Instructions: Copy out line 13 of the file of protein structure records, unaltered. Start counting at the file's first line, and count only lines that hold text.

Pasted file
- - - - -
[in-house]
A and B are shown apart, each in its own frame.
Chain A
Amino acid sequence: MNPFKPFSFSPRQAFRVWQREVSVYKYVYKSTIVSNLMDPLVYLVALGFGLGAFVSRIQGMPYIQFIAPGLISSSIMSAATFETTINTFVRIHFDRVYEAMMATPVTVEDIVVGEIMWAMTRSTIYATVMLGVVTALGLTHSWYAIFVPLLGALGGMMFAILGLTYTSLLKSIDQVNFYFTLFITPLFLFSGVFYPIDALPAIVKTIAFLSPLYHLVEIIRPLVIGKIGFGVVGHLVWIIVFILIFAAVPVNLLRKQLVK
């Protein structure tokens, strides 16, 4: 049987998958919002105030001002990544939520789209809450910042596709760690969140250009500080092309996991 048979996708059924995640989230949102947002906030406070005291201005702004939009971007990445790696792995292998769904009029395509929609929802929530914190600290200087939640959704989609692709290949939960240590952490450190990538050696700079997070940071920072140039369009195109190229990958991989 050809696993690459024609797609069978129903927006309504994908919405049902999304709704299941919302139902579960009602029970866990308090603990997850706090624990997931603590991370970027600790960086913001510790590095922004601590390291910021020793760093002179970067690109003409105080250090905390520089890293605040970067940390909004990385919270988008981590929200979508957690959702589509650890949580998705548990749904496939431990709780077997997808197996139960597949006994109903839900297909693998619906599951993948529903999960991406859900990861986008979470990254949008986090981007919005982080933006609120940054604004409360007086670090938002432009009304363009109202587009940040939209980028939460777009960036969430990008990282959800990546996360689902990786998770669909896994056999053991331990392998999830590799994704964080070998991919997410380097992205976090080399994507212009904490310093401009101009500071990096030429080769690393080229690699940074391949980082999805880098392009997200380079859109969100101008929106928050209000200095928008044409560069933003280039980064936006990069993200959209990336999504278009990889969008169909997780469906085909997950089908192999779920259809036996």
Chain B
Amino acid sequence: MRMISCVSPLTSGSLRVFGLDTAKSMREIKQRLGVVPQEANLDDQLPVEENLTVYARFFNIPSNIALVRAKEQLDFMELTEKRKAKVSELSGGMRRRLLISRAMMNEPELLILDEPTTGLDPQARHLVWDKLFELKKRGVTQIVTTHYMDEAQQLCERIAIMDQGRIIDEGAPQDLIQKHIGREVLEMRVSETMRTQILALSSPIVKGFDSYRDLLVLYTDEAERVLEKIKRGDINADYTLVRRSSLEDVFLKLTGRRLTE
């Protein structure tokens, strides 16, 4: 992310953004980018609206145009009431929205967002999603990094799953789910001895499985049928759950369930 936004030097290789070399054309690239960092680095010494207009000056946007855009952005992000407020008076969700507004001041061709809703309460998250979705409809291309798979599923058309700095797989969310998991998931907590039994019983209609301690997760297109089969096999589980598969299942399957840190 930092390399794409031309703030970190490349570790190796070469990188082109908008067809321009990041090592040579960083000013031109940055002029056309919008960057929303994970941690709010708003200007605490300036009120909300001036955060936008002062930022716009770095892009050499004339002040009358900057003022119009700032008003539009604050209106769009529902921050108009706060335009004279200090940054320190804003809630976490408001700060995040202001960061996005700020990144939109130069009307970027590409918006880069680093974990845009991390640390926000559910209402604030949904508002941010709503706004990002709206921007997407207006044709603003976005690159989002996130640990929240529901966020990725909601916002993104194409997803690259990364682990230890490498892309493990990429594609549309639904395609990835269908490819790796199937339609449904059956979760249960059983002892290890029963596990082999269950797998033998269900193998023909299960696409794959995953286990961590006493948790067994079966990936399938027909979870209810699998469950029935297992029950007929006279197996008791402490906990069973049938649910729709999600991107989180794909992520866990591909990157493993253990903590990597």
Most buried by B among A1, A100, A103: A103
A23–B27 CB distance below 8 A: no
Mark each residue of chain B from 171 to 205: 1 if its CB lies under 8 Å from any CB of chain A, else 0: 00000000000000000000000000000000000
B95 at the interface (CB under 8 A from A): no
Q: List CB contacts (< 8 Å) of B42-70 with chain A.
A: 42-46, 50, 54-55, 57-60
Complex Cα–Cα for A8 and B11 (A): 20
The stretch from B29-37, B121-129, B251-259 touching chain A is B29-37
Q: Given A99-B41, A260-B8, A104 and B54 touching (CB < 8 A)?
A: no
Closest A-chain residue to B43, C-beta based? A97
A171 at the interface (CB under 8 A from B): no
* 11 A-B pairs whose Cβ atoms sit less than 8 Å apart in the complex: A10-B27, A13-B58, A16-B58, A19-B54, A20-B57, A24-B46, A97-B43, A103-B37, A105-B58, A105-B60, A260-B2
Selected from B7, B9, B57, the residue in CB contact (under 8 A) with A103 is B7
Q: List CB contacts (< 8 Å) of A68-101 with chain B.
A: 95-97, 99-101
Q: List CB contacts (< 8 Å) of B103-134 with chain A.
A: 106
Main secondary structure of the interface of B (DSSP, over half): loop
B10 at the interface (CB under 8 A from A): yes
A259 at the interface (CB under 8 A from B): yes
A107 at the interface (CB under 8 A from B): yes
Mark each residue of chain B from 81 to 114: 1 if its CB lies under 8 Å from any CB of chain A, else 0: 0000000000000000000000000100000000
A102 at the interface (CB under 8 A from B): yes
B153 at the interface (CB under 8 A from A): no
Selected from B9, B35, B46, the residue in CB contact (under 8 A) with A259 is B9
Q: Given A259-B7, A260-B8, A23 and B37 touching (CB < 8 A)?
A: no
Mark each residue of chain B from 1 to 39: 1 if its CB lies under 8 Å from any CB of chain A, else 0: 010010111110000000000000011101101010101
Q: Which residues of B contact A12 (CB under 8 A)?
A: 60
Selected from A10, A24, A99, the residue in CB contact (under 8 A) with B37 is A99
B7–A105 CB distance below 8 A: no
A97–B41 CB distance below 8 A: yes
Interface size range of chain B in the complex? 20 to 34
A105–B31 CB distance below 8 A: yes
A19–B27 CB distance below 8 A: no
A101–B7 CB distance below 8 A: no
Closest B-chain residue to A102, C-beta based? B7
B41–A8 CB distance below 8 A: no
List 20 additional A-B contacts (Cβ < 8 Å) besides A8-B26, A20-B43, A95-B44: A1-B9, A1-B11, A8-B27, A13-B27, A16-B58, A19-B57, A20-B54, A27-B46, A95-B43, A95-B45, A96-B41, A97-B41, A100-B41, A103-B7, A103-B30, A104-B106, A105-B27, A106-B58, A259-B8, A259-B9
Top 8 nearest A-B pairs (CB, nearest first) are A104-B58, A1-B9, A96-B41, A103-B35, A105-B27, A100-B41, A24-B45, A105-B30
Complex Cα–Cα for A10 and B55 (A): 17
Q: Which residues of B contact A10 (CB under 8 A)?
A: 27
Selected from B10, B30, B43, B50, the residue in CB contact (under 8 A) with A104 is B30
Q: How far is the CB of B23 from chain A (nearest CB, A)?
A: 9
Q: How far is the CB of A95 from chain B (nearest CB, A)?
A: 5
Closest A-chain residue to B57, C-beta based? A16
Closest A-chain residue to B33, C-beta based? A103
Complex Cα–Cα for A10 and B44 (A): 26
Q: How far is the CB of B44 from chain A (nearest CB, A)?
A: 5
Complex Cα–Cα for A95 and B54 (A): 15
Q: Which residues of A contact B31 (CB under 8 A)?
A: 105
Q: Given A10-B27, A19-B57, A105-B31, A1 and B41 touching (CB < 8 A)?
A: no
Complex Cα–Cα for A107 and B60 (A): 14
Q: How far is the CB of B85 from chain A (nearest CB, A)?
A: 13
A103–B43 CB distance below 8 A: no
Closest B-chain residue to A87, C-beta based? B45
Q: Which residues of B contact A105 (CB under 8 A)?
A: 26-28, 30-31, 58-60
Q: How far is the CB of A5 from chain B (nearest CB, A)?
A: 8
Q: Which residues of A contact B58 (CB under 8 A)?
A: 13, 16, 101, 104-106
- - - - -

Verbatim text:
Q: List CB contacts (< 8 Å) of B42-70 with chain A.